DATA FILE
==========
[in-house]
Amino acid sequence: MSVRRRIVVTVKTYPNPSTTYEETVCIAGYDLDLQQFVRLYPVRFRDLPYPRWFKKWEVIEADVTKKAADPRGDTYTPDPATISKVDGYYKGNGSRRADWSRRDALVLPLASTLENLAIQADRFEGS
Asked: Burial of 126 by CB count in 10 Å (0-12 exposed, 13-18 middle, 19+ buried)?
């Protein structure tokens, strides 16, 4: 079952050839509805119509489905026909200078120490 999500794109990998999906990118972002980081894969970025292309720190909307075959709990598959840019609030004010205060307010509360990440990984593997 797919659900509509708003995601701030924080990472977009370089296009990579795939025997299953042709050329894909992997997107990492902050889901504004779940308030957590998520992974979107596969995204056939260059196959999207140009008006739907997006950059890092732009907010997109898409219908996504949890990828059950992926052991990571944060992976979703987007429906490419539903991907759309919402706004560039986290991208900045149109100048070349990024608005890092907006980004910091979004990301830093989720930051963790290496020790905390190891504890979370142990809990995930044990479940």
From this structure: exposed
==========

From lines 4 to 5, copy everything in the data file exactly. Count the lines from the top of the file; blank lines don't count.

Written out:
């Protein structure tokens, strides 16, 4: 079952050839509805119509489905026909200078120490 999500794109990998999906990118972002980081894969970025292309720190909307075959709990598959840019609030004010205060307010509360990440990984593997 797919659900509509708003995601701030924080990472977009370089296009990579795939025997299953042709050329894909992997997107990492902050889901504004779940308030957590998520992974979107596969995204056939260059196959999207140009008006739907997006950059890092732009907010997109898409219908996504949890990828059950992926052991990571944060992976979703987007429906490419539903991907759309919402706004560039986290991208900045149109100048070349990024608005890092907006980004910091979004990301830093989720930051963790290496020790905390190891504890979370142990809990995930044990479940």
From this structure: exposed